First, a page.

Older People Most Unhappy with Health Problems That
Disrupt Life; Study Finds How to Measure
People with cancer are significantly happier than
those with urinary incontinence, but new research seeks ‘debility’ score
Nov. 13, 2012 – It is well established that how
unhappy a disease makes older people is determined by the degree to
which it disrupts their daily life. A new research project, however, has
now found a way to measure how much a disease disrupts daily function.
Previous research found that many serious medical
conditions, including cancer, have a surprisingly small impact on
happiness, while certain other conditions, such as urinary incontinence,
seem to have a lasting negative effect on happiness.
The new research claims to be the first study to
use a direct measure of the degree to which disease disrupts daily
Lead author Erik Angner, associate professor of
philosophy, economics and public policy at George Mason University,
worked with an interdisciplinary team of researchers from the University
of Alabama at Birmingham, the University of Chicago and the University
of Massachusetts Medical School.
They developed a measure called the
“freedom-from-debility score” based on four health survey questions
explicitly designed to represent limitations in physical activities and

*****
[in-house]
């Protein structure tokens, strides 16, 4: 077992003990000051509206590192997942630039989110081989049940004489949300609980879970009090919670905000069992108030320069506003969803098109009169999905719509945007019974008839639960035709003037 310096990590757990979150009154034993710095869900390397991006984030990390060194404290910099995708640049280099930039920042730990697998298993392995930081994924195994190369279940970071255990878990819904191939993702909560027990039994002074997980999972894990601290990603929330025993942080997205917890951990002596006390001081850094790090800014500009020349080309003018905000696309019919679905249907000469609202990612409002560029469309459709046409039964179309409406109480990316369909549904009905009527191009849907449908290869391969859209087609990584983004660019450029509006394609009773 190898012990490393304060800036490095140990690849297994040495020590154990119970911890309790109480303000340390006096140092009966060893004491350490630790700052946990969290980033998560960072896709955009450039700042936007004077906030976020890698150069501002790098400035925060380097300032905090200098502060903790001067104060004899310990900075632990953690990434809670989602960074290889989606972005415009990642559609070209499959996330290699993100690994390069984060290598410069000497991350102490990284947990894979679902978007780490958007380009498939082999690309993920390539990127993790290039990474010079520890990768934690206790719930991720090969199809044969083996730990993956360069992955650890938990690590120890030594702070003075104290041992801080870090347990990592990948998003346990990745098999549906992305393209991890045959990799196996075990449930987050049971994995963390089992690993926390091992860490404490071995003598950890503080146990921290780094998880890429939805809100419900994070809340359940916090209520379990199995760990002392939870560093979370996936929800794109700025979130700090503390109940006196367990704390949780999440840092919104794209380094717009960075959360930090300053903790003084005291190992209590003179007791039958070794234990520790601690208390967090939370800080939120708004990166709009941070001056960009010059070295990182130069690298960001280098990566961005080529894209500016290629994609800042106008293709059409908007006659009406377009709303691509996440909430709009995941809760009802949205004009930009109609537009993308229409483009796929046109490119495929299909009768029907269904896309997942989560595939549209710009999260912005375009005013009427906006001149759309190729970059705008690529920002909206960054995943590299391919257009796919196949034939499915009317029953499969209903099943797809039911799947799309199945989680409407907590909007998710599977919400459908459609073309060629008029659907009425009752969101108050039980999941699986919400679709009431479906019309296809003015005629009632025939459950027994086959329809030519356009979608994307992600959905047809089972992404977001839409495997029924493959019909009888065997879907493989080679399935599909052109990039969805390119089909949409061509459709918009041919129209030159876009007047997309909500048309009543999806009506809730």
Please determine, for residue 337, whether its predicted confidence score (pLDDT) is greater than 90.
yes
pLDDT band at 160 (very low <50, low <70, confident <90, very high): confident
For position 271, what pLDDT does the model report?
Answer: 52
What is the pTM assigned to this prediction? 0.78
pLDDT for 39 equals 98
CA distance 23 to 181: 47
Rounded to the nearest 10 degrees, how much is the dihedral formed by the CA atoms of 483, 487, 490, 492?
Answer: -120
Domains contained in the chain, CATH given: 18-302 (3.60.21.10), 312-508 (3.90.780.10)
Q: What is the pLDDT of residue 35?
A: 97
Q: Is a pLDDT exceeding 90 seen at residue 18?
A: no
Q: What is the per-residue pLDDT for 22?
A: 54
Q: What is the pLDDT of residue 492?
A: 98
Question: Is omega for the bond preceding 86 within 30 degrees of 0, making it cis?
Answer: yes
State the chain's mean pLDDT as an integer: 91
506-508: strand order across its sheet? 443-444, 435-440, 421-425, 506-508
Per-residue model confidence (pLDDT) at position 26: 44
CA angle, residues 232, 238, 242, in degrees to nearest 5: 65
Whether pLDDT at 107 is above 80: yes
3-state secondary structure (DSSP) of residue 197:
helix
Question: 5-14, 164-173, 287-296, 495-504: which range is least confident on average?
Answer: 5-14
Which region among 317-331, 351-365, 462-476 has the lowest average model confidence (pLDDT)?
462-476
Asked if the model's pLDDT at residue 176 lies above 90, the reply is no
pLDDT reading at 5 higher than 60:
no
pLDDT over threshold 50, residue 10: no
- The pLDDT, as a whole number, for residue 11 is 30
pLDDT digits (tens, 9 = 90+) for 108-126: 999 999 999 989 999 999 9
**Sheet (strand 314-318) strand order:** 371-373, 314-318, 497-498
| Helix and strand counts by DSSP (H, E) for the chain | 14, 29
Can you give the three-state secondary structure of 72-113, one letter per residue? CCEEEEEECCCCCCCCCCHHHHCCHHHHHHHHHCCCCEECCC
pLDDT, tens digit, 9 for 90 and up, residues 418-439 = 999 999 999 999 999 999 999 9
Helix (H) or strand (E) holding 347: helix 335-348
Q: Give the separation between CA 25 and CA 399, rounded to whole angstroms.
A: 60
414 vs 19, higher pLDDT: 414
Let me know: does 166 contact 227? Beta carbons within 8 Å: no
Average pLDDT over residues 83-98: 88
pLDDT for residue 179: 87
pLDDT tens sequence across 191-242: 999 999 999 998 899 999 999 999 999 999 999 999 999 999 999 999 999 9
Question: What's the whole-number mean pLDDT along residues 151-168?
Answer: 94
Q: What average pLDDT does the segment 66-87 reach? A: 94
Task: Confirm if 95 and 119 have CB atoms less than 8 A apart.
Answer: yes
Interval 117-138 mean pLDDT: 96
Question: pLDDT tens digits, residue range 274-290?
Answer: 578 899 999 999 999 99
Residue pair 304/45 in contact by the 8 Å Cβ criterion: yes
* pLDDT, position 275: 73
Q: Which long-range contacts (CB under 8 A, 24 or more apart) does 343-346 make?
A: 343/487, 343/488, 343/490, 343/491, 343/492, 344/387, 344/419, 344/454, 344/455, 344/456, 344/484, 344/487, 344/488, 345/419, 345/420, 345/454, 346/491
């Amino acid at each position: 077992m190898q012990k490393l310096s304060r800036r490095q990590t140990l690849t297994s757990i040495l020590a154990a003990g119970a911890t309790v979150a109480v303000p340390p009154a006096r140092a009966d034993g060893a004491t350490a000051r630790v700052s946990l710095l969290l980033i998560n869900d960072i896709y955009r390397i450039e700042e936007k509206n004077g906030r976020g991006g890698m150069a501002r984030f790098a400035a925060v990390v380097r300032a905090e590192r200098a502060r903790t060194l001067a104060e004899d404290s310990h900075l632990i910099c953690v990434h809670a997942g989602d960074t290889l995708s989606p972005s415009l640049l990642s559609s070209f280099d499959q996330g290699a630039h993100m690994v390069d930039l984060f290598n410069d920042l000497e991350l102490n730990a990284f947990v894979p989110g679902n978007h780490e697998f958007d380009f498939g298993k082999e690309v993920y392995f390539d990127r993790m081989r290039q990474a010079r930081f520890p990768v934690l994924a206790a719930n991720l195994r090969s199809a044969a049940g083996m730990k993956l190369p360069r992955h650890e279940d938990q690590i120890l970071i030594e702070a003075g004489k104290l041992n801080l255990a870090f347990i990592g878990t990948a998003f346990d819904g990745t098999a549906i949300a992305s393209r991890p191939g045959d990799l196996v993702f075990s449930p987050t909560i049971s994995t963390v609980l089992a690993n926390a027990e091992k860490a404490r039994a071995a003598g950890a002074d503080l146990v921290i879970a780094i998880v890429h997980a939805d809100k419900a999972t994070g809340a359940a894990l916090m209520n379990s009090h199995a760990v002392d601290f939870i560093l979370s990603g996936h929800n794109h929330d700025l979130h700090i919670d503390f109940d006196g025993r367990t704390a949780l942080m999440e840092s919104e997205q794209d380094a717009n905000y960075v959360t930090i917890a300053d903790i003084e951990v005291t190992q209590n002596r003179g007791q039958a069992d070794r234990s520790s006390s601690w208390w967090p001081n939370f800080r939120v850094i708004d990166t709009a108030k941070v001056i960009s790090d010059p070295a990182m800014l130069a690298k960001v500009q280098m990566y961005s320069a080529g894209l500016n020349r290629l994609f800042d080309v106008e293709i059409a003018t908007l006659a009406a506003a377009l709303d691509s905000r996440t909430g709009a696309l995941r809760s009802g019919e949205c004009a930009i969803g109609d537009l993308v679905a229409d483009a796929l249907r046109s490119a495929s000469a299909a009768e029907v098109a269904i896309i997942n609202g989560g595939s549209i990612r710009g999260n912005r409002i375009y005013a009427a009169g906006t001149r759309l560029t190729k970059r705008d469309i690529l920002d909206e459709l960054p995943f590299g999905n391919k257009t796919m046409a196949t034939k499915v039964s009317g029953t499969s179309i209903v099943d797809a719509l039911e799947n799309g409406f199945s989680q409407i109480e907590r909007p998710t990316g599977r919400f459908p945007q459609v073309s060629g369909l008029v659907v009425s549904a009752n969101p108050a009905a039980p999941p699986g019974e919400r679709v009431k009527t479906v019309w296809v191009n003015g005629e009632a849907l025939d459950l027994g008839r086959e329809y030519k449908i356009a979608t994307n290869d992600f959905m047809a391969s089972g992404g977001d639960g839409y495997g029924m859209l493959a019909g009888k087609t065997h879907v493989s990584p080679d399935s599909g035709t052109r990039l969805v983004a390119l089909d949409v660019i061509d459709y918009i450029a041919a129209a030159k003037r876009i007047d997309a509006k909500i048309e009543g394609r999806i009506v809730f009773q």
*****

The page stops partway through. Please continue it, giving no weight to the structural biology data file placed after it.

in usual role activities because of health problems.
The authors found that when controlling for
demographic and socioeconomic factors in addition to objective and
subjective health status, a one-point increase in the
freedom-from-debility score (on a scale from 0 to 100) was associated
with a three-percent reduction in the odds of reported unhappiness.
For example, a patient with prostate cancer, whose
daily functioning is not affected by his condition, might score higher
on a happiness scale than a patient with urinary incontinence, whose
condition imposes dramatic limitations in daily functioning.
Indeed, in an
earlier study, the
authors found that participants with a history of cancer reported being
significantly happier than those with urinary incontinence.
The study was conducted using a sample of 383 older
adults recruited from the practices of 39 primary care physicians in
“These new results support the notion that health
status is one of the most important predictors of happiness,” Angner
“A better understanding of the complex relationship
between health status and subjective well-being could have important
implications for the care and treatment of patients and could lead to
interventions that could dramatically improve patient quality of life.”
Angner has separate PhDs in economics and in
history and philosophy of science and has written extensively on the
philosophy and economics of health, happiness and well-being. He is the
author of A Course in Behavioral Economics.
The full study, published in the Journal of
Happiness Studies, is available
About George Mason University
George Mason University reports it is an
innovative, entrepreneurial institution with global distinction in a
range of academic fields. Located in Northern Virginia near Washington,
D.C., Mason provides students access to diverse cultural experiences and
the most sought-after internships and employers in the country.
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